Tim O'Brien: Dad's Maybe Book
Tim O’Brien—whose best-selling works include The Things They Carried and If I Die in a Combat Zone, both of which are highly readable and offer revealing glimpses into the world of war—was already old when his sons were born. No stranger to loss, his new work shares a series of letters he wrote for his sons to read after he's gone. Thankfully, the man isn’t dead yet, and Dad’s Maybe Book—which touches on everything from soccer to magic tricks to, of course, war—is at heart a love letter from a father to his sons, something he wished his own father had left for him. This sounds direr than it is, but as always, O’Brien’s work is filled with as much joy and humor as pain. KATIE HERZOG
'Mary Anne Carter Is TOOO MUCH': The Closing Party!
God, you ever just feel like toooooooo much? Like you’re running late to everything because you’re spending too much time carefully applying glitter to your eyelids and when you do roll up you smell like a weird mixture of weed and mothballs because you’re wearing your grandma’s sweater that you found in the depths of your closet because all your other clothes were dirty? Well, Seattle artist Mary Anne Carter is creating a space just for you. In her ambitious immersive installation at The Factory, Tooo Much explores Carter’s own “muchness” through 25 different mediums—from paint to cigarette jello to hand-airbrushed clothing to a lotion fountain (!!!). This light-hearted, bright, maximalist art show will be an exploration into “self acceptance and common connection” through our own tooooooooo muchness. JASMYNE KEIMIG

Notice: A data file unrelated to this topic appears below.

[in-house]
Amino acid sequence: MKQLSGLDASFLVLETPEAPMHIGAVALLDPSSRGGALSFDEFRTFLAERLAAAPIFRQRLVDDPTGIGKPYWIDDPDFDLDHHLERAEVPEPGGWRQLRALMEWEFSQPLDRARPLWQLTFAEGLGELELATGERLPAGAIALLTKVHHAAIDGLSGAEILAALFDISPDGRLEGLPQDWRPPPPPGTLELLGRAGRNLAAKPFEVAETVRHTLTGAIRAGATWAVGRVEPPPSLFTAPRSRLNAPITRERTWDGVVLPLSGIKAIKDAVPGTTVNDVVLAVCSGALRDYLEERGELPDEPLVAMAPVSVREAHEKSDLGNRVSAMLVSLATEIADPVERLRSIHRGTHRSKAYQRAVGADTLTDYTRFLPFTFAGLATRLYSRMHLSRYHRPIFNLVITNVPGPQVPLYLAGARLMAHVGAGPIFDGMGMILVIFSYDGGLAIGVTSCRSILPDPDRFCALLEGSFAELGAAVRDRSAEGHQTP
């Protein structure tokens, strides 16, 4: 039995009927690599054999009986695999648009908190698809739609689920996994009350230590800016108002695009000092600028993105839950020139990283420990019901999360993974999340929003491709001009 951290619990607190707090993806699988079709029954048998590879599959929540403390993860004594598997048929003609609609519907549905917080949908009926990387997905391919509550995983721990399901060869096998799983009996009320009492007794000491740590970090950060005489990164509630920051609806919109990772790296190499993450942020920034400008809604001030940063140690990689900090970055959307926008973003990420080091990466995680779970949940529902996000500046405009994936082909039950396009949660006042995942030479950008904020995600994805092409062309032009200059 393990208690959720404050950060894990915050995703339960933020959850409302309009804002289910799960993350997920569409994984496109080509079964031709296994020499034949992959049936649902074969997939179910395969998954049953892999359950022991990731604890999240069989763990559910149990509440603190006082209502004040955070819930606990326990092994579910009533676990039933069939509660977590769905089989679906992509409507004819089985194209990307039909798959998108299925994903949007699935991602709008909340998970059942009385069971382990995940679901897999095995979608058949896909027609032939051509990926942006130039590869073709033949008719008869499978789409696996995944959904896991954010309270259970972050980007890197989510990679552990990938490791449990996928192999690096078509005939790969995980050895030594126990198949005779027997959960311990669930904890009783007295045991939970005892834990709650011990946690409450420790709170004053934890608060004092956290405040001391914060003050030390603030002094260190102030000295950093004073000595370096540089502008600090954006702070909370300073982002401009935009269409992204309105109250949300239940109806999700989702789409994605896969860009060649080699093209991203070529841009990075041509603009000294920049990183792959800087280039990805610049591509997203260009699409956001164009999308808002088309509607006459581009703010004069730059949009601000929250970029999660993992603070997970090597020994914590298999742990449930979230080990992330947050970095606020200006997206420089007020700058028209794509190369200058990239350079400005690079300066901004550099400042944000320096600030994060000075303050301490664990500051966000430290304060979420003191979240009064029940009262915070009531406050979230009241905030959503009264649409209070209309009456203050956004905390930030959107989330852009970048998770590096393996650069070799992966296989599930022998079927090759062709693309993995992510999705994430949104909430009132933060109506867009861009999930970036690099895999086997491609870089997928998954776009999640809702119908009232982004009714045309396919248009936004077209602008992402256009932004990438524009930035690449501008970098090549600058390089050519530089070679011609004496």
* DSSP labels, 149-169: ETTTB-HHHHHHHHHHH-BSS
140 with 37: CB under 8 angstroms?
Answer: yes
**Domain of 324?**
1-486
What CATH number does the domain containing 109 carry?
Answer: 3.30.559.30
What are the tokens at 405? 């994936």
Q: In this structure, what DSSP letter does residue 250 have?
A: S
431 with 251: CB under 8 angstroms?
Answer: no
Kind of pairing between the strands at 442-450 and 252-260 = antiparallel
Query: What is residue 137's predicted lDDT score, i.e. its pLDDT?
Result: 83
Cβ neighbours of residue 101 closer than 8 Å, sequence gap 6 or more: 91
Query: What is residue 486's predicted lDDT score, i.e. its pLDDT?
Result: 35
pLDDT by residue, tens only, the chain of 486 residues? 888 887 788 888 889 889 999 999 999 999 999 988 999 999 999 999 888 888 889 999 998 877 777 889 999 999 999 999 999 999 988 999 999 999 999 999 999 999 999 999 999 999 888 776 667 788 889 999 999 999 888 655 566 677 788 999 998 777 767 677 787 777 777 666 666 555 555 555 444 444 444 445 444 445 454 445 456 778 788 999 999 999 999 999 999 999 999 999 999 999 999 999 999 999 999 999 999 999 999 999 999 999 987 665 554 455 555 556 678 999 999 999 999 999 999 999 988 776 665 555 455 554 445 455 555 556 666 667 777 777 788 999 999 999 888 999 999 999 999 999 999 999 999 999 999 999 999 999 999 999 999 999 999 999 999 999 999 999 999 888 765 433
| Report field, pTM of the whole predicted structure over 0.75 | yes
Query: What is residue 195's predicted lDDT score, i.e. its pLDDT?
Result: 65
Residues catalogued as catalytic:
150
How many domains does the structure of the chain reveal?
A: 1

Pioneer Square Art Walk
Once a month, Seattleites flock to the streets in Pioneer Square for a chance to stroll, sip on booze, and attend as many art openings as possible at First Thursday. It's the city's central and oldest art walk, and takes place in a historic neighborhood known for its abundance of galleries. Wine and hobnobbing steal the scene for some, but at its core, it's an impressive communal unveiling of new artwork. Check out our list of suggested art openings—like Brighter Future: To be heard. To be seen. To be free. at King Street Station—here.